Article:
Last night, I managed to catch an interview between an Al Jazeera journalist and a lady who once worked in the big tech industry. She recounted some of her experiences working in the big tech industry, but most interesting of all, she laid out what she perceived as some of the basic aims and goals of the big tech industry. For one, she argued, based on her experiences, that the big tech industry – like many other industries – is a racist and sexist one. The lady was of African origin, and she made it clear that she experienced first-hand the racism and sexism of this industry. And second, she argued that the military and big tech have joined hands to take full power and control of the environment and society.
Thus, the basic aim and goal of the military and big tech coming together is to control and change our global environment and our societies. But with the racist and sexist tendencies in this military and big tech alliance, the way in which this control and change has impacted our environment is something everyone should be wary about. Because of this alliance, not only is the Western world in a “precarious situation” and that “the danger is greater the more we blind ourselves to the merciless truth with illusions about our beauty of soul” to borrow from Carl Jung, but the scope of ‘Artificial Intelligence’ (AI) and technology means that the scope of the danger is global. Moreover, this novel situation can either lead to further colonization of our political and social space, or there could be a revival of various cultures and traditions as a result of a ‘decolonization’ process that began in our recent past.
Another interesting contention made by the lady during the interview was that through control and change over the environment and society, the military and big tech sought to foster what one could call “Artificial General Intelligence” out of “Artificial Intelligence.” In a sense, the aim is not to stop at the control and change of the environment and society, but through the control and change of the environment and society, AI could then be embodied in man himself through the possession of “Artificial General Intelligence.” In other words, man could possess a kind of “Artificial General Intelligence” that “Artificial Intelligence” itself would not possess.
But in reality, the changes to human identity and our evolving perceptions of reality which are most likely to result from AI are more complex and complicated than rosy and optimistic. Regarding the nature of these changes to human identity and our perceptions of reality, Henry Kissinger wrote:
“With perceptions of reality complementary to humans’, AI may emerge as an effective partner for people. In scientific discovery, creative work, software development, and other comparable fields, there can be great benefits to having an interlocutor with a different perception. But this collaboration will require humans to adjust to a world in which our reason is not the only – and perhaps not the most informative – way of knowing or navigating reality.”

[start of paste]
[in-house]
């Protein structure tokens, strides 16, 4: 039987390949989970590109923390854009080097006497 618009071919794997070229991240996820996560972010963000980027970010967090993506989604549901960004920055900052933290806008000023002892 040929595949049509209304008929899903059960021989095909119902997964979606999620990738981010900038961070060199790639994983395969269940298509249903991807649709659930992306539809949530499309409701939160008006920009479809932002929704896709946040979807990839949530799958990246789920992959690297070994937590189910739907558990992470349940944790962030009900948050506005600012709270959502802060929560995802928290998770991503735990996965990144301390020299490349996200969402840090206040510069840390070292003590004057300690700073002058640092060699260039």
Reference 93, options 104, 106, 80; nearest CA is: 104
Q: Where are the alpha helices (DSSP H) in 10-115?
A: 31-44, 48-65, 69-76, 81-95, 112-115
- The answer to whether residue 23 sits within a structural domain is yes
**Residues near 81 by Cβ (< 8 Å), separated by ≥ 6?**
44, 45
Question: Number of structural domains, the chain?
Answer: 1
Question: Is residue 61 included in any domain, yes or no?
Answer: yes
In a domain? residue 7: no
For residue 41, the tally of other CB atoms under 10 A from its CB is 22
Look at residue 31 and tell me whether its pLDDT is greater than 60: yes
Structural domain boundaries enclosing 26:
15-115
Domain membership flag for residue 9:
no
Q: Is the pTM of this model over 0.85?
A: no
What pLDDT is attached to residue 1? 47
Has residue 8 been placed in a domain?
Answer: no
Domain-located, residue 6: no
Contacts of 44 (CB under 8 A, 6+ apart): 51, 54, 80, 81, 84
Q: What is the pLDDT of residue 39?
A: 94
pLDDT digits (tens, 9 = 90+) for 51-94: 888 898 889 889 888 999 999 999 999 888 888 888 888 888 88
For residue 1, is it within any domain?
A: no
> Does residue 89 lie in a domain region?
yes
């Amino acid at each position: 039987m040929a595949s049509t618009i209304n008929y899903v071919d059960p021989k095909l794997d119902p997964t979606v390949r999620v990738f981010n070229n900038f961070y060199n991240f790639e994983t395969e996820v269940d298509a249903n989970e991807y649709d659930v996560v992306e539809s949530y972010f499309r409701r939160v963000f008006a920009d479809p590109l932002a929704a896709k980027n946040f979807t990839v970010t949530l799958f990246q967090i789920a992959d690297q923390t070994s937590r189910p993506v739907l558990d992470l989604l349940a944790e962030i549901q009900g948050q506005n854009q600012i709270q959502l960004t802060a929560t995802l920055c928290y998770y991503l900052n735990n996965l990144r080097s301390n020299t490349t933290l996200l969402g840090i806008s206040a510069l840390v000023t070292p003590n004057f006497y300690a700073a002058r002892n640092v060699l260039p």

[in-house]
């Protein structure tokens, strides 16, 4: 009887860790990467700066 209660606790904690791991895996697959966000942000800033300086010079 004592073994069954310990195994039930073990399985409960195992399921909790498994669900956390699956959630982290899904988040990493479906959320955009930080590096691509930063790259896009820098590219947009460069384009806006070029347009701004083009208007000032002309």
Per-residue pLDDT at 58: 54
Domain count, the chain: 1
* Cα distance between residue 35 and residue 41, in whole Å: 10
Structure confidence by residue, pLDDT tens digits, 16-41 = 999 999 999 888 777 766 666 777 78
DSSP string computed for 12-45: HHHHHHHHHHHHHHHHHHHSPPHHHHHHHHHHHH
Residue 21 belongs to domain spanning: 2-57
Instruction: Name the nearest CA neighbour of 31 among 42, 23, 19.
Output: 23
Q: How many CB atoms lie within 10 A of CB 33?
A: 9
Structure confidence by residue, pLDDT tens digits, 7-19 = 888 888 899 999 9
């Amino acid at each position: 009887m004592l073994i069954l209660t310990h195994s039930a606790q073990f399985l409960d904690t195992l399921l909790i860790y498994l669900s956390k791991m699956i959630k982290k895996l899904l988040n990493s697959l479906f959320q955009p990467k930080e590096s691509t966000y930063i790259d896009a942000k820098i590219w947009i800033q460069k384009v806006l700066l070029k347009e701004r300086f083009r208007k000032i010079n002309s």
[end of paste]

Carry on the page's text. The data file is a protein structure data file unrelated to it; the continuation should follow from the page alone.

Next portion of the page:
Kissinger added: “This portends a shift in human experience more significant than any that has occurred for nearly six centuries – since the advent of the movable-type printing press.” It is likely, however, that “the instrument cannot determine the final, nor can the tool determine the purpose of its use.” The focus and the purpose, arguably, has to be moved “away from the focus on mastery and control and towards including trust, also religious trust, as the true mark of humanity.”
Thus, it may not be AI which determines human destiny and the outcome of the historical process. The concept of homo faber – which became popularized amongst philosophers and intellectuals in the 20th century by Hannah Arendt out of its Latin roots – suggests that “every human being is the maker of his or her destiny.” Homo faber is “the human being who controls his life through the mastery of the world.” And in this quest towards mastery of the world, technology is merely a tool or instrument for man. As Arendt argued, everything turns into an instrument and tool and a means to an end for homo faber. In a sense, there is a devaluation of everything which surrounds homo faber, yet homo faber is the “builder” of his or her surroundings.
But if homo faber has led to the devaluation of everything based on its utility and instrumentalization, then what is the ultimate end of this devaluation and instrumentalization and the turning of everything into a set of means towards an unclear end? The end, it seems, is a “pain and pleasure calculus” which determines one’s notion of happiness, with happiness amounting to “the sum total of pleasures minus pains” to borrow from Arendt. In a sense, AI and the transformations it has wrought on an environmental, material, and human level has yet to undermine the basic “fabric” with which the notions of a human community and society are built. In turn, man is still an important actor and player in what are otherwise the “all-encompassing” and non-anthropomorphic processes of nature and history.